Peptic Ulcer Disease (PUD) is a discontinuity or break in the stomach's inner lining, a protective layer in the stomach, composed of mucus and bicarbonate that neutralizes the stomach’s acid secreted by the stomach mucosa. Peptic ulcers are common in the first part of the small intestine, or sometimes the lower esophagus. The most common symptoms are burning sensation and pain in the stomach region. It is diagnosed by endoscopy and urease breath tests, and it is treated by medications and some surgical procedures when needed.
Among many causes of peptic ulcer disease, the most common is a bacteria known as Helicobacter pylori (H. pylori). These bacteria enter the body and live in the digestive tract and cause ulceration in the body. This makes it the most critical factor in peptic ulcer disease accounting for 90% of duodenal and 70 % of gastric ulcers.
Nonsteroidal anti-inflammatory drugs (NSAIDs) such as Aspirin, ibuprofen, and naproxen damage the gastric mucosal barrier, making it an essential etiological factor in 30% of cases of gastric ulcers. In some cases, they may be responsible for duodenal ulcers as well.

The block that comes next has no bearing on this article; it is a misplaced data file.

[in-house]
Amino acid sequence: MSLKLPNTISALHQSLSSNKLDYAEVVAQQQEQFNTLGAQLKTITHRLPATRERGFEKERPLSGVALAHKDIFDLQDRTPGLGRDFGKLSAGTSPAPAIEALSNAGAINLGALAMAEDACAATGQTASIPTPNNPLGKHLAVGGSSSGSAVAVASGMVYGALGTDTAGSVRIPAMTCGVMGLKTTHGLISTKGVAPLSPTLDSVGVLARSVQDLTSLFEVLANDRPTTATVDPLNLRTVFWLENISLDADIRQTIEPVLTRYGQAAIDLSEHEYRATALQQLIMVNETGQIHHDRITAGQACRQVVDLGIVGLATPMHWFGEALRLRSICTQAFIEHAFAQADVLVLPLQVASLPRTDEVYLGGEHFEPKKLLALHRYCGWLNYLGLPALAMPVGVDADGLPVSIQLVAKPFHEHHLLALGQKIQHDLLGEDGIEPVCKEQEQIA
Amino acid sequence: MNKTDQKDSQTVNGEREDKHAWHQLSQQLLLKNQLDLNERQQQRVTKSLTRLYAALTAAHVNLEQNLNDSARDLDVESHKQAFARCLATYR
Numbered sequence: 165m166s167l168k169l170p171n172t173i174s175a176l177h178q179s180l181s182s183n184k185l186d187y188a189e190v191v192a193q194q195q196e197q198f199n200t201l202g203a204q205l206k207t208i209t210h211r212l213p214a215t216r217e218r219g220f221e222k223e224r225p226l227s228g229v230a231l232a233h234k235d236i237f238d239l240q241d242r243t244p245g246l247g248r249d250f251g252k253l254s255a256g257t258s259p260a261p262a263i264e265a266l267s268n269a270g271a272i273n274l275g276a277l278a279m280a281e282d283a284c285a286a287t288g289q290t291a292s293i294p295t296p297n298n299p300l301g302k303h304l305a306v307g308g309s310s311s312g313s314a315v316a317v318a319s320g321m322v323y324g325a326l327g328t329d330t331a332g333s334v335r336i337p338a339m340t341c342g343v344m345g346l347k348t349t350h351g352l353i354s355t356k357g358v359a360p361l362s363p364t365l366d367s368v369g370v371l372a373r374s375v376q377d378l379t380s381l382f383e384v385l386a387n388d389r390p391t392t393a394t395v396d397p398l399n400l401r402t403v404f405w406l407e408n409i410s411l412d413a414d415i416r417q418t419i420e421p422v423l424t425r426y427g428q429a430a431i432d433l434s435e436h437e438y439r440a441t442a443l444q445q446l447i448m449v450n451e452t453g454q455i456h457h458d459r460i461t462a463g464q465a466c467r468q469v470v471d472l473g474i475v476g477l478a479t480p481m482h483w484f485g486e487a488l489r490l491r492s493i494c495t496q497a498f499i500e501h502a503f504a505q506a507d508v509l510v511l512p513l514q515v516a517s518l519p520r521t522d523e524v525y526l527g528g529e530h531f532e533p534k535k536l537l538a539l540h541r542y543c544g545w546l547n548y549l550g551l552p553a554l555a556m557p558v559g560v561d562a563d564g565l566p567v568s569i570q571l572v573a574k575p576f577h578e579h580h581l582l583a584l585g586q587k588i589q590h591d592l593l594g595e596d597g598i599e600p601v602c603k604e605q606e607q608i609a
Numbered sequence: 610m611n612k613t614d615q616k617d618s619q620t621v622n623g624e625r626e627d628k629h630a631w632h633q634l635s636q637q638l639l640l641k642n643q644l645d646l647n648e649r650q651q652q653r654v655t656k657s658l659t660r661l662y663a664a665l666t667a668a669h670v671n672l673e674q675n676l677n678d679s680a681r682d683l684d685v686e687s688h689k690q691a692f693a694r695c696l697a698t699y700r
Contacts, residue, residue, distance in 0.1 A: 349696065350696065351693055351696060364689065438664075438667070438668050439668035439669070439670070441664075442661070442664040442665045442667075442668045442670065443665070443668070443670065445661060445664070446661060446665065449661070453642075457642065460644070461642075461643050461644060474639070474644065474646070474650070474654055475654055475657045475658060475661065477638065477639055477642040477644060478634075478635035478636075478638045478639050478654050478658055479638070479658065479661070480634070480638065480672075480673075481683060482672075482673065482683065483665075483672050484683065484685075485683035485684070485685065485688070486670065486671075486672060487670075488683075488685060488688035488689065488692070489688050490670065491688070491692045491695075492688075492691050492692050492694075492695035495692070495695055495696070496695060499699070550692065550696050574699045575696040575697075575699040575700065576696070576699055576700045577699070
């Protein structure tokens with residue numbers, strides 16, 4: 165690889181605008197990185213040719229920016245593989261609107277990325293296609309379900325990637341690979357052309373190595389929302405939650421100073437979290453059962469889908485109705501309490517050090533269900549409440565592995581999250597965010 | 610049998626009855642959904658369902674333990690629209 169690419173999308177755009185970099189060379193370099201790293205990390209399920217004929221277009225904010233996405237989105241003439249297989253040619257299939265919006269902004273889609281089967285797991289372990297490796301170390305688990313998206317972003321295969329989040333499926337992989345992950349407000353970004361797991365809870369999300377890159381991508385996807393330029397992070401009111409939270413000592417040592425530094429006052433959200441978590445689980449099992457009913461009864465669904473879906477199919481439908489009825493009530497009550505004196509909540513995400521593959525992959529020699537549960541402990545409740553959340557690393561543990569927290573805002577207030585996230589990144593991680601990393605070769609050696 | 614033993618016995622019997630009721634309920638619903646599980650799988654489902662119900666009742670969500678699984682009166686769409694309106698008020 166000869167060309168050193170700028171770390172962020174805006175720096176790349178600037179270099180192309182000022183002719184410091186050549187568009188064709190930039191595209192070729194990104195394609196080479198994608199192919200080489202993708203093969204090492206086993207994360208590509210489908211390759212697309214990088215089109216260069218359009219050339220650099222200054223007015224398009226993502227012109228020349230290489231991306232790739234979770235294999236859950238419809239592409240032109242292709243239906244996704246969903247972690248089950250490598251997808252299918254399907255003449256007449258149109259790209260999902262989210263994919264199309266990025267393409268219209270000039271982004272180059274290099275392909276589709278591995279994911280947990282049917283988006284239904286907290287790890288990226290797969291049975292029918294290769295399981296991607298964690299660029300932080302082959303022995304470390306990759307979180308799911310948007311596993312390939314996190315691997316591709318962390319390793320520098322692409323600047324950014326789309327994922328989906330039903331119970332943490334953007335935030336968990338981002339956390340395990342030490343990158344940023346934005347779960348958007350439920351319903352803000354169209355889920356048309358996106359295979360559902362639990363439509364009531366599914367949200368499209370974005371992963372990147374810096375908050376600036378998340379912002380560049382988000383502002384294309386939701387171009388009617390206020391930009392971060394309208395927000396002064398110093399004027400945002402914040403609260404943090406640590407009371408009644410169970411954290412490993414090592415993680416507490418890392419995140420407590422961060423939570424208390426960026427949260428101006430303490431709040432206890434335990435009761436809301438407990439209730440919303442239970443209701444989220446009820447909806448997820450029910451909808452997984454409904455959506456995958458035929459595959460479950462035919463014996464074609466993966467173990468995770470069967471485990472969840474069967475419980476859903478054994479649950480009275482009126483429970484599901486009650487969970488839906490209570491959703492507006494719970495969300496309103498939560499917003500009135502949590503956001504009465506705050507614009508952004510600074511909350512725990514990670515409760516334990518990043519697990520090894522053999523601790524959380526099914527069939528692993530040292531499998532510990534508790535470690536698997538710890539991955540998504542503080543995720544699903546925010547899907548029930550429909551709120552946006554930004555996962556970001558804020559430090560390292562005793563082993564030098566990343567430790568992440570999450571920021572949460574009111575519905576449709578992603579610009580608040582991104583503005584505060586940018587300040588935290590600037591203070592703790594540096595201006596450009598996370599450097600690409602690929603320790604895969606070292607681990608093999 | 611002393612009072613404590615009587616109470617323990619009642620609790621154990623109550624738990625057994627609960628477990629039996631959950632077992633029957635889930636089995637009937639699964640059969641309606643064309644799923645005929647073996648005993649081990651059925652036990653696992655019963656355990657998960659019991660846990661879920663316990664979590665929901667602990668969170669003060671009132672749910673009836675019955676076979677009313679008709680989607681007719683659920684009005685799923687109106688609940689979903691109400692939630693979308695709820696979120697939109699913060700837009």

Contrary to popular belief, stress and spicy food do not cause peptic ulcers.
There are two most important types of gastric ulcers;
The incidence of peptic ulcer disease has declined as the awareness about the risk factors has spread. The prevalence was higher in males before but now has come in equal ratios between males and females.
The following risk factors are essential in causing the disease:
Peptic Ulcer Disease causes the following signs and symptoms.
Your doctor will take a detailed history to ask about the possible risk factors causing the ulcers. But some tests are essential to confirm the presence and the type of ulcers;
The treatment involves removing the causative factors, eradicating the bacteria, and controlling the acid secretion of the stomach.
Surgical management is also an option if there is a risk for perforations and bleeding.
Types of procedures
Peptic Ulcer Disease (PUD) has an excellent prognosis after the underlying cause is treated. Unfortunately, recurrence is standard, with rates exceeding 60% in most serious cases.
Our clinical experts continually monitor the health and medical content posted on CURA4U, and we update our blogs and articles when new information becomes available. Last reviewed by Dr.Saad Zia on May 25, 2023.
Peptic Ulcer Disease - American College of Gastroenterology (gi.org)
Peptic Ulcer Disease - StatPearls - NCBI Bookshelf (nih.gov)